In recent weeks, my kids’ behavior has been noticeably getting worse. I’m sure it’s a combination of things: me going back to work, my husband having been gone for so long now, and the newness of having a nanny full time (who I’m sure doesn’t stay on top of them the way that I do).
When something comes up with the kids that is out of their norm, I like to seek advice wherever I can. Not that I always take it, but I understand that I don’t always have the right answer and, since people have been raising children since the dawn of time, each family has developed methods of their own. So, surely someone has something to offer that I hadn’t thought of already. They usually do.
Talking discipline with other parents is like discussing breastfeeding and circumcising. Everyone has a different opinion and the conversation is often comparable to trying to make your way through a mine field. Proceed slowly, with caution, or it might just blow -- it might anyway. Typically, the explosion occurs when I mention the fact that I spank my kids. A big no-no in today’s society.
I was spanked as a child. I wasn’t beaten, I wasn’t thrown around. I was laid over my fathers knee and would get a couple of good wallops. It wasn’t done excessively, only on an as-needed basis. For me, that “as-needed” would come around much more often than it would my sister. One of the small burdens of being too much like my mother. The point is, I wasn’t traumatized. I didn’t feel abused. I felt as though I deserved it and, looking back as an adult -- I did.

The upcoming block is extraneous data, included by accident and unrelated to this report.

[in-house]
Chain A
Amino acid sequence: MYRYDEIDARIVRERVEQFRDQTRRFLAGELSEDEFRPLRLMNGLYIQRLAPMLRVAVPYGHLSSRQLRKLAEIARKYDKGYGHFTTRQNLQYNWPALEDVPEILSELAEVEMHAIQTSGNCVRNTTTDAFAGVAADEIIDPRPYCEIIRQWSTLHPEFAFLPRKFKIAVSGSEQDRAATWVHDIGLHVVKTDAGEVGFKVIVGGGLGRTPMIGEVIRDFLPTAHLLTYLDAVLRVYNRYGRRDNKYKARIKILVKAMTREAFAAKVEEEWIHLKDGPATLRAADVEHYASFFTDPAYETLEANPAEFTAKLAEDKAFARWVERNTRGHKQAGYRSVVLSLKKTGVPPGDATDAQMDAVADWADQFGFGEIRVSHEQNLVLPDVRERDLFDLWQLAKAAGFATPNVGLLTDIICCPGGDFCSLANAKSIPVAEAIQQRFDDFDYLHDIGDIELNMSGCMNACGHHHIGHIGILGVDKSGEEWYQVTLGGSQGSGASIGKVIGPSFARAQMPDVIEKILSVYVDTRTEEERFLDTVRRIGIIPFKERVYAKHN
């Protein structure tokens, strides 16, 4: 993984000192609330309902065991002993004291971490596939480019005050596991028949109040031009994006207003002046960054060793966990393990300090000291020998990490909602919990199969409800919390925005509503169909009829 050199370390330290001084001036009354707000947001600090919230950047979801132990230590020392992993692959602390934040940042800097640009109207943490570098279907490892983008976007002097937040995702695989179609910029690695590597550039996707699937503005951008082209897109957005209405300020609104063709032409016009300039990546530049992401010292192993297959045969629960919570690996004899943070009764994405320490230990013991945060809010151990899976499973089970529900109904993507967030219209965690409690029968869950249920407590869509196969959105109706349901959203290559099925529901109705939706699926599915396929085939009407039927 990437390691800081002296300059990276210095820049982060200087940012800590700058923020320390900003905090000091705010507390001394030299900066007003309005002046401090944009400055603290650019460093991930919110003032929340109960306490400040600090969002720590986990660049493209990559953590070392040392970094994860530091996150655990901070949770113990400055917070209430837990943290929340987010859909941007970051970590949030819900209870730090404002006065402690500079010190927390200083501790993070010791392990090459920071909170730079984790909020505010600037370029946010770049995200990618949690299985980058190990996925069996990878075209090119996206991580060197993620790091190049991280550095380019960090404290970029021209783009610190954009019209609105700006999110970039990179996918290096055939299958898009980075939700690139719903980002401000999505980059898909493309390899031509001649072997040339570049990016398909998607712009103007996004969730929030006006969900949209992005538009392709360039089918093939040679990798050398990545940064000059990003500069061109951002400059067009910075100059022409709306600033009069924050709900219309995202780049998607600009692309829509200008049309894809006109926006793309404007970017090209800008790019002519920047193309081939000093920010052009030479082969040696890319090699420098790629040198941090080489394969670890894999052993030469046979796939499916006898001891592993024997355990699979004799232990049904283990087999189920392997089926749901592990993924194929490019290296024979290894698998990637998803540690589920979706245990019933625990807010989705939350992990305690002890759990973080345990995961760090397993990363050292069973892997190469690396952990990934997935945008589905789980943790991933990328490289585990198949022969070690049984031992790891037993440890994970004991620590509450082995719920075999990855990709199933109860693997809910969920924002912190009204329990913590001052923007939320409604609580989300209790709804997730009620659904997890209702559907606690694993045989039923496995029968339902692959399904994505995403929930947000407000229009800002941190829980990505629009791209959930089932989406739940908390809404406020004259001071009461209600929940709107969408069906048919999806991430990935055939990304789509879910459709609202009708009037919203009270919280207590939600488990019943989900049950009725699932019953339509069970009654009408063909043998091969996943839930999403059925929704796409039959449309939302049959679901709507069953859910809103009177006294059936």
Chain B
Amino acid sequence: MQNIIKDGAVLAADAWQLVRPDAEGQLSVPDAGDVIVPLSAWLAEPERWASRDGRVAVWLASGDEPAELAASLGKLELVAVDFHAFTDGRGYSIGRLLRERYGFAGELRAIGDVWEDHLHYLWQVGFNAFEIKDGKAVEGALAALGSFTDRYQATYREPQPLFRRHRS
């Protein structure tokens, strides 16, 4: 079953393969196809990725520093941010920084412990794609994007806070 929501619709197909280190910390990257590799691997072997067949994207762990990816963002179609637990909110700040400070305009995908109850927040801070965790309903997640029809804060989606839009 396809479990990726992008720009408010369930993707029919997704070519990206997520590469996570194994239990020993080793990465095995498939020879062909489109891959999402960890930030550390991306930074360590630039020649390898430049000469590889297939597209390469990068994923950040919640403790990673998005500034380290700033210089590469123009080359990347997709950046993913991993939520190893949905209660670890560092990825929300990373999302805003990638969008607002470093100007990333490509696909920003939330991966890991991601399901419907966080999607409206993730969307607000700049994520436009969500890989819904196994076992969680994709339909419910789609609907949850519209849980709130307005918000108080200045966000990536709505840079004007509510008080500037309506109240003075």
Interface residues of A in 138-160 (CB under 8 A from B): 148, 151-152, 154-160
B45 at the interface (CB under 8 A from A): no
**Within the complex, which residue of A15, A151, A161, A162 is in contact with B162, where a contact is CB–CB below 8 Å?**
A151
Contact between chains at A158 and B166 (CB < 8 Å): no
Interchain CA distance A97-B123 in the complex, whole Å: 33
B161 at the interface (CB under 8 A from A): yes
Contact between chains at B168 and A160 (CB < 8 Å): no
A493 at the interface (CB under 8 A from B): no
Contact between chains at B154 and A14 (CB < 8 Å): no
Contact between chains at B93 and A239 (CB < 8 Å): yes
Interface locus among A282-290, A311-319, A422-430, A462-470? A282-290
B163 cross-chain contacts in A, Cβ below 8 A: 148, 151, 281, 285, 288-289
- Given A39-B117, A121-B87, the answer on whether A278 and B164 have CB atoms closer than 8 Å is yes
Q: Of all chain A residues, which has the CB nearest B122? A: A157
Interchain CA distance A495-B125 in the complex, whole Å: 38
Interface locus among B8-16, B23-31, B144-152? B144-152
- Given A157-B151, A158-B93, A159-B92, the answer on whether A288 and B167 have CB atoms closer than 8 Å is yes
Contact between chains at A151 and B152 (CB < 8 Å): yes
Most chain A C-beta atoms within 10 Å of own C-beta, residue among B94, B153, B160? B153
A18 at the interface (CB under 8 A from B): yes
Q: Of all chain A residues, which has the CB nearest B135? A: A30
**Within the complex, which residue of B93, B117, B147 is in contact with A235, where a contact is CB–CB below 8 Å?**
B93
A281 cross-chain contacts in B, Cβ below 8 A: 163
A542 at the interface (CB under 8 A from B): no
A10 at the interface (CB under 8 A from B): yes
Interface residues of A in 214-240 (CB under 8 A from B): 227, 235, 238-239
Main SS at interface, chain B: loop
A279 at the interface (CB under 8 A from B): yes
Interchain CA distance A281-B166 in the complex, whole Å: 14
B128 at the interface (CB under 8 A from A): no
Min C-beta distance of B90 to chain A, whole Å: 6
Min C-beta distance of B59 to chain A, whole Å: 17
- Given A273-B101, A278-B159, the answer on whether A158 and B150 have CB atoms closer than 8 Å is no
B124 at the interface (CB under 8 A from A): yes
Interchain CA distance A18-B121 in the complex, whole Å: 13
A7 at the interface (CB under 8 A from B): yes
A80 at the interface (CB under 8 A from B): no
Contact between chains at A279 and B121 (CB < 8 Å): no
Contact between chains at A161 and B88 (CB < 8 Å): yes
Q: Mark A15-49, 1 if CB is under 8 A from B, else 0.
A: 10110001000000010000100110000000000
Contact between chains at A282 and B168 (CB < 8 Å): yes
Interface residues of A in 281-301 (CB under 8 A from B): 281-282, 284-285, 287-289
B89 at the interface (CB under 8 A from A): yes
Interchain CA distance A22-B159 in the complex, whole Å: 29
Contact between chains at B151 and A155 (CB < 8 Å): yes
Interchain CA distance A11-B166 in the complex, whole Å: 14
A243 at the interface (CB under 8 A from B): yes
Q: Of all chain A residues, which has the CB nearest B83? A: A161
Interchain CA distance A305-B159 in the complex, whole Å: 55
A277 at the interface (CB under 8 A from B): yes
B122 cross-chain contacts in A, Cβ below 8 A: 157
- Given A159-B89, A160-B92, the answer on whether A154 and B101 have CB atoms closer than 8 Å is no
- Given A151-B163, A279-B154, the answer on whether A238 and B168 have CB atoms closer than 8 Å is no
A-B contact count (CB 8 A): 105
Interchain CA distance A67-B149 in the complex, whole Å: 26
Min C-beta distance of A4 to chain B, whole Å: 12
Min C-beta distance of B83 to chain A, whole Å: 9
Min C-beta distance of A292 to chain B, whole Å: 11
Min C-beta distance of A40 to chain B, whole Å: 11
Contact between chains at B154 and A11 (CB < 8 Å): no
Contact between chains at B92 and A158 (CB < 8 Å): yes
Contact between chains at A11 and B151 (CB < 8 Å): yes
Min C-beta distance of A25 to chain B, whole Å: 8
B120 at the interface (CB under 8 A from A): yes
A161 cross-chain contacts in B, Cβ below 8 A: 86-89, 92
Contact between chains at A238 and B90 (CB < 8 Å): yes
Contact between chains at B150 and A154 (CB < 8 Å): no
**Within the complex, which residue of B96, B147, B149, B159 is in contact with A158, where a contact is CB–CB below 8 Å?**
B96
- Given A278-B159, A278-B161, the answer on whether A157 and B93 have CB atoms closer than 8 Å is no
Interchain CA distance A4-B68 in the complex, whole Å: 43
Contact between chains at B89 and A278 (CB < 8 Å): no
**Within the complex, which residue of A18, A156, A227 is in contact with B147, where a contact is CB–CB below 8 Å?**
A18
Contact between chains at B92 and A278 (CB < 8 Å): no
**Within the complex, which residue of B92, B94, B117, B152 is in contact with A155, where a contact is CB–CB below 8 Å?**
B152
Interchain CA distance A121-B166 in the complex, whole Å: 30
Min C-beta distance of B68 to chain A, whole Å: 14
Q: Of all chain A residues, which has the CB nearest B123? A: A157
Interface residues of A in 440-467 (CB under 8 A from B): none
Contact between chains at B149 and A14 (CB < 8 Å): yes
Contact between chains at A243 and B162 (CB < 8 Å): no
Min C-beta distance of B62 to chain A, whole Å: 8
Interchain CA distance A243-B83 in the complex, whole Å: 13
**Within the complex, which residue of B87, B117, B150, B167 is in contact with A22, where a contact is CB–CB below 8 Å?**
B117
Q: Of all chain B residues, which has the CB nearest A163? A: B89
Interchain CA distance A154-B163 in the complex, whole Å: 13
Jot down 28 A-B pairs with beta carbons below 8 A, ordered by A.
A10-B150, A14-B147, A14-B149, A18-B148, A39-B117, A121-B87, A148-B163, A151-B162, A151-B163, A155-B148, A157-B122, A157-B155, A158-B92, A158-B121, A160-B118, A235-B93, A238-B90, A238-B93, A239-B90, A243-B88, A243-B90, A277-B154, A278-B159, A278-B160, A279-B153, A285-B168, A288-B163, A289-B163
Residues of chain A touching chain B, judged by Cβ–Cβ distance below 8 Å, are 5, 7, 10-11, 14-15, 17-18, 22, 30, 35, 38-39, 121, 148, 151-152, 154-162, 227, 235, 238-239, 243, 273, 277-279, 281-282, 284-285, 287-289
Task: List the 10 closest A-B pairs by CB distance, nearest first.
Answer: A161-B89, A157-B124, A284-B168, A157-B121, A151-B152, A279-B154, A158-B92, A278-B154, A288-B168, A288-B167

I don’t like spanking my kids. In fact, I usually give them numerous chances and warnings to straighten out the problem before I do. The truth is, it probably bothers me more than it does them. I know that’s the case when it’s Sophie laid across my lap, anyway. She gets over it almost immediately.
The situation I find myself in today is different than the typical “testing” phases that cycle through with children. The actual acts of defiance are the same, but greatly escalated -- both in severity and frequency. Although I have no doubt that the recent changes at home contribute to the behavior issues, the fact of the matter is life is full of change. Yes, I have sympathy for them and yes, I do let A LOT slide because of that fact. I also know that I refuse to teach my children that if life doesn’t go their way, they have the right to act out, throw fits, and cry “poor me.” They’d be in for a lifetime of disappointment.
Feeding children what we know as adults are lies, such as, “If life isn’t fair, then throw a fit and you’ll eventually get your way,” is more traumatizing to their chances of being a strong, healthy adult than spanking them will ever be. When we turn our head to behavioral issues because something has rattled their routine, that’s exactly what it teaches them.
We are raising a generation of children who are over-sensitive because they eventually find out that they aren’t as good at baseball or ballet as some other kid and their parents promised them that everyone is equal. They feel entitled because we teach them that they should. They throw tantrums when life doesn’t go their way because their parents have tiptoed around them to make sure that it does.
These same people are telling parents like me that we are failing our children because we practice controlled discipline in our homes. I say: the children that are raised without it are the ones being abused and robbed of the chance of success in adulthood.
Photo Credit: loyal_oak.
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